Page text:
The first iPhone 6S devices will be landing in the hands of consumers on Friday, and analysts are all over the place with their unit estimates thus far. Some think estimates are just too high, while others think they are too conservative. But we’ll have to wait until Apple releases its next earnings report before we get any kind of an idea on iPhone units, and even then, that report will only include preorders and less than a week’s worth of the new lineup’s actual availability.
But is Apple too dependent on the iPhone? This is a debate that is raised frequently, and it most recently surfaced again when it started to look like the Apple Watch isn’t doing very well. However, bulls offer no end of potential opportunities for the Wall Street darling, with reports this week focusing on the persistent Apple car rumor and the Internet of Things.
How is iPhone 6S demand?
Perhaps the main focus on Apple right now is demand for the iPhone 6S lineup. Some think it’s weak compared to last year’s demand, while others think it’s very strong compared to previous years. Goldman Sachs analyst Simona Jankowski and her team think Wall Street expectations for demand are just too low. She sees the potential for Apple shares to move higher on higher than expected units and average selling prices, not just for the iPhone 6S lineup but also for the newest iPads, which includes the bigger iPad Pro.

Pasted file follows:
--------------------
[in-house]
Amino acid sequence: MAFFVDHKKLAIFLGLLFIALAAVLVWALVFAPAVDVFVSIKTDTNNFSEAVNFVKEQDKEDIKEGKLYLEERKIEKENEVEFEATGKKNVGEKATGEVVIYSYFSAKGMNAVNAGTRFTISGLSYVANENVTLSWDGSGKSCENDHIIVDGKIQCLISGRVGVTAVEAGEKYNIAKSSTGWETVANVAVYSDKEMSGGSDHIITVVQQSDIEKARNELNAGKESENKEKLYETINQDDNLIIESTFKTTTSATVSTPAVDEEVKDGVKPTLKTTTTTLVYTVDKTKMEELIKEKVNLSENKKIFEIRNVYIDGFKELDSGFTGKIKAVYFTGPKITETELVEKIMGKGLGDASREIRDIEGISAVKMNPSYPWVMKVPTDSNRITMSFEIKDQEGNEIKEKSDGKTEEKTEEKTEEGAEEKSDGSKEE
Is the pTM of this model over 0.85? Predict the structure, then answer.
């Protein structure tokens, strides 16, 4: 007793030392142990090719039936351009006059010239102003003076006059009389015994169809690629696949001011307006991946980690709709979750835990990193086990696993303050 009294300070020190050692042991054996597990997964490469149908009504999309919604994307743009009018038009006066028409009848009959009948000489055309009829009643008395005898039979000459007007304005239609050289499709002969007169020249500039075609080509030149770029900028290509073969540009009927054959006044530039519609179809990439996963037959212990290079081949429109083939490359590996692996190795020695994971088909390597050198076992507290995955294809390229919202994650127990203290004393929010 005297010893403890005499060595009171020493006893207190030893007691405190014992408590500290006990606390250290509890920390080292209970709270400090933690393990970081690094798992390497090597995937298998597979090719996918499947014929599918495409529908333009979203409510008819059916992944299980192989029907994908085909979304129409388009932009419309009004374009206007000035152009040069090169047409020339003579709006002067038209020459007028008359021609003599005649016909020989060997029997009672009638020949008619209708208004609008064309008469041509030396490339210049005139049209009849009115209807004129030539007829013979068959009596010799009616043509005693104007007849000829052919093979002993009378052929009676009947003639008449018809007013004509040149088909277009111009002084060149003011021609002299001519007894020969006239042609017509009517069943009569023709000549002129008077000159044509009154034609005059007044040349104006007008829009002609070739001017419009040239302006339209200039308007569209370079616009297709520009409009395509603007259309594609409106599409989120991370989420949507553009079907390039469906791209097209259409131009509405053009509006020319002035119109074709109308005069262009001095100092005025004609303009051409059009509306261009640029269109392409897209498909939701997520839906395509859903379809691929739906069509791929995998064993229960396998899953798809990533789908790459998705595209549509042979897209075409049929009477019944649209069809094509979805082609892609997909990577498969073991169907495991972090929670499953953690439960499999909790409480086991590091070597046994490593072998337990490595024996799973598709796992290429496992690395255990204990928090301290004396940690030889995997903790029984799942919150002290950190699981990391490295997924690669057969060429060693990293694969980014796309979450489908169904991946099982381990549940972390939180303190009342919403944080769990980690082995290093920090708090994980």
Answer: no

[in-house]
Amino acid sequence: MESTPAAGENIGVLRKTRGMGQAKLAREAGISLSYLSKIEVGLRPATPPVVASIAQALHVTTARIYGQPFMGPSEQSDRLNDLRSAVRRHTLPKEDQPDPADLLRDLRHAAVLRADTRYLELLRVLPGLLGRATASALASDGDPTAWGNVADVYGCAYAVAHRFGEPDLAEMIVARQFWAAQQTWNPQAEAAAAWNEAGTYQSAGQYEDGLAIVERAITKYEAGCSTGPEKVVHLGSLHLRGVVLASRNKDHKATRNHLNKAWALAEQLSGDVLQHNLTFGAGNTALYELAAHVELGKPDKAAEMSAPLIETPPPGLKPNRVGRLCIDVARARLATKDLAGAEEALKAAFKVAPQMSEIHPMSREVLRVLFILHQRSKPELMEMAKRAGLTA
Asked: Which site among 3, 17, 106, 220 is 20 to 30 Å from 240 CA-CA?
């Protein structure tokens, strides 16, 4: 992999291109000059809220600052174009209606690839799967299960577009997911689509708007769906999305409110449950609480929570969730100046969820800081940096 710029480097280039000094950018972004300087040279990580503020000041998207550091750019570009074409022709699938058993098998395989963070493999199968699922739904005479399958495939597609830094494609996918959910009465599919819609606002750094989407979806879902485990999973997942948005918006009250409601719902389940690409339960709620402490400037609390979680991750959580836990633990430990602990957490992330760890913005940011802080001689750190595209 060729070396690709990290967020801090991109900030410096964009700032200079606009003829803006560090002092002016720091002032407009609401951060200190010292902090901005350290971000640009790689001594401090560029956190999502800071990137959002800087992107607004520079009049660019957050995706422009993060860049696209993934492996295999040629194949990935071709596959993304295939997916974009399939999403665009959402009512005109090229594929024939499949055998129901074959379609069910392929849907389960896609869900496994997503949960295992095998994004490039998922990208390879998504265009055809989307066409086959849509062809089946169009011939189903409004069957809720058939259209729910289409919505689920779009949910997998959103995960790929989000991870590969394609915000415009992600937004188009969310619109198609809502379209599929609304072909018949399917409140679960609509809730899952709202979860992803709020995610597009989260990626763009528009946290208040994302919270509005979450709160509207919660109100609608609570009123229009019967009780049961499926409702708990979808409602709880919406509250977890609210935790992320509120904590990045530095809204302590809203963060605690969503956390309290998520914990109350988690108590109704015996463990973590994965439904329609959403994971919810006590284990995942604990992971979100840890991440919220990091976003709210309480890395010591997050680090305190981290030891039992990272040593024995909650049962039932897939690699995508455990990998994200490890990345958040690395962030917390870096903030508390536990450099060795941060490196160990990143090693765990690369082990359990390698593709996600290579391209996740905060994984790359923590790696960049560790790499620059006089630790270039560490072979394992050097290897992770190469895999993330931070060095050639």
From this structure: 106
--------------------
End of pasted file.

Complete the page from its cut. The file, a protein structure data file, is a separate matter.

She noted that right now much of Wall Street is expecting iPhone revenues for fiscal 2016 to be flat with last year. The reason for this is an exceptionally tough comparison with last year’s iPhone numbers. Apple recorded a 51% year over year increase in last year’s iPhone 6 cycle. She is expecting a 6% increase in iPhone revenue in fiscal 2016 because she sees the potential for strength based solely on upgrades alone, even if Apple sees gross adds fall.
In particular, she likes Apple’s new installment and leasing plans.
High purchase intentions for Apple products
Jankowski reports that their consumer survey suggests high purchase intentions for the iPhone 6S lineup this year, which backs up surveys by some other firms but runs counter to others. Among the questions the Goldman Sachs team asked was which products consumers intend to buy for the holidays, and surprisingly, the iPad was at the top of the heap, and other Apple products weren’t far behind.
This is a huge win for Apple, as iPad sales have been lagging in recent years. The company aims to boost sales of the tablet by releasing the larger iPad Pro, and if Goldman’s survey is correct, the plan might be working. Indeed, Jankowski believes that it will work, as she expects iPad unit growth to stabilize and help Apple start to move back up toward its previous 16% share of the PC and tablet combined market:
Why consumers plan to buy an iPhone
Looking specifically at the iPhone, Goldman Sachs found that most of those planning to buy an iPhone this year are upgrading from a previous model. However, they also learned that 70% of those surveyed aren’t planning on buying one:
Nonetheless, they still see room for upside to iPhone estimates.
Apple still going strong in China